Impact of waiting 6 months for unemployment benefits


In mid-September, the envelope finally arrived.

As Erin Madden opened it and pulled out the debit card with her unemployment benefits on it, all she could think about was the half a year she’d waited for this moment. She had come to feel it would never happen.

“I almost didn’t believe that it had finally arrived,” Madden, 28, said.

But there was the card, which would soon have more than $16,000 on it.

Erin Madden waited nearly seven months for her unemployment benefits.

Source: Erin Madden

Deeper in debt

Erin Madden: “It’s been four months of this and I have no idea when it’s going to end.”

Source: Erin Madden

Prior to the pandemic, Madden had around $6,500 in credit card debt.

She hoped to pay off that balance by the summer with her income from the bar but when her paychecks stopped, and unemployment checks didn’t substitute them, she had to use her card to cover her basic essentials, causing her debt to balloon to more than $10,000. The interest rate on her credit card is 22%.

As a result, even though she paid off her balance when her jobless benefits arrived, she was still dinged $680 in interest during the delay.

Insufficient fund fees

Behind on rent

Madden’s monthly rent for her studio apartment in Los Angeles is around $1,300.

Without unemployment benefits, she fell behind and eventually owed her landlord nearly $4,000.

“My landlord would text me and ask, ‘So you can’t pay rent? When are you going to be able to pay it?'” she said. “I didn’t have an answer.”

She feared she’d be forced to leave her apartment, “and suddenly have an eviction on my rental history, which would make it difficult to secure housing in the future. A lot of leasing companies won’t lease to people with evictions on their record.”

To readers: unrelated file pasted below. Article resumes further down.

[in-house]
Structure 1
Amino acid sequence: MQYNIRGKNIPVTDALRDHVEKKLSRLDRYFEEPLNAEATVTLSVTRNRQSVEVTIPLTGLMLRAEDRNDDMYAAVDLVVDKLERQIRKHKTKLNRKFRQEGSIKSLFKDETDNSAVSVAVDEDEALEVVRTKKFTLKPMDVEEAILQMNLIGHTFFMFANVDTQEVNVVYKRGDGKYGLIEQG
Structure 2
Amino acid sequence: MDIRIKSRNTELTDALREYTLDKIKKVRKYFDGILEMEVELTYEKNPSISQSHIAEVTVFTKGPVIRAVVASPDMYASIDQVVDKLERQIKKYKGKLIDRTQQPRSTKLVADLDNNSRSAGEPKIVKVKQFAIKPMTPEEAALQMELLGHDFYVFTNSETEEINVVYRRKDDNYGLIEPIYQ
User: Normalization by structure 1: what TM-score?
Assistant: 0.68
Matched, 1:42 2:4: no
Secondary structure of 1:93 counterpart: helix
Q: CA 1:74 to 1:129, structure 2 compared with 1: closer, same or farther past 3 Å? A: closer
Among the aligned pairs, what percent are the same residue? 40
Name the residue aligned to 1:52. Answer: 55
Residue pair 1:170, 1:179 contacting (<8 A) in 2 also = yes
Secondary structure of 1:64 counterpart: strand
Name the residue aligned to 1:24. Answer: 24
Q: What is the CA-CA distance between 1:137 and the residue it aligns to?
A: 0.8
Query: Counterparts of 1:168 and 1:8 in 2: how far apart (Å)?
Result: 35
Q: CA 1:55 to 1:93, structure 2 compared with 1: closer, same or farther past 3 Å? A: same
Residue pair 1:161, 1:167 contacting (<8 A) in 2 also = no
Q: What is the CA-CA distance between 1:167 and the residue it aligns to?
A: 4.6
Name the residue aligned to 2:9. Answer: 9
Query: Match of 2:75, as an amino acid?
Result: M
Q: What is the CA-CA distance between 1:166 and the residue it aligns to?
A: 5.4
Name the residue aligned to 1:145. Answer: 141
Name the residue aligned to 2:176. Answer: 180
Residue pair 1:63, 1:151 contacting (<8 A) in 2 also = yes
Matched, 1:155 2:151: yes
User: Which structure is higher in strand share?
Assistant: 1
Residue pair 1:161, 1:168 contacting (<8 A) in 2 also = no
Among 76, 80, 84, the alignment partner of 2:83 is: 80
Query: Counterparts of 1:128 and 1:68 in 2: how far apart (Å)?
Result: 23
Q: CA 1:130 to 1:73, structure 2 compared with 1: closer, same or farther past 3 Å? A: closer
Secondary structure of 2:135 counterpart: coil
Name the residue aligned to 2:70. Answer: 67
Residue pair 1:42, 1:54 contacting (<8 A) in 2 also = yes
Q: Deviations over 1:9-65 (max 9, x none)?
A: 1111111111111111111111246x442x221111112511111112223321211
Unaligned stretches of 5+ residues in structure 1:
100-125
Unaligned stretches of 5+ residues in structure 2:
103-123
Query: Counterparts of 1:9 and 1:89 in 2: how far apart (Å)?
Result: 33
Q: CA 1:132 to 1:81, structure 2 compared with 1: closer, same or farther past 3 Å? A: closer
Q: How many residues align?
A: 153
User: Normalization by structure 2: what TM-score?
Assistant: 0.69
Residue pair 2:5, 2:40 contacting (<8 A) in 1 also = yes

Forced to borrow money

She also turned to her parents for help with food and gas, which also made her uneasy.

“I’m well into adulthood at this point, and have never struggled to support myself until now,” she said.

Health compromised

Madden was forced to make some tough decisions during the six months she had no income.

Her car needed to be repaired but she didn’t have the money to bring it into the mechanic. She could no longer afford to continue seeing her therapist and cancelled multiple other doctor appointments, stressed about the co-pays.

Earlier this year, Madden was diagnosed with a condition that makes her heart beat abnormally fast. There is a procedure for this, called an ablation, “which effectively cures it,” Madden said, “but with my current health insurance the procedure will still cost me around $1,600 out of pocket.”

She put that off, too.

Sick from stress



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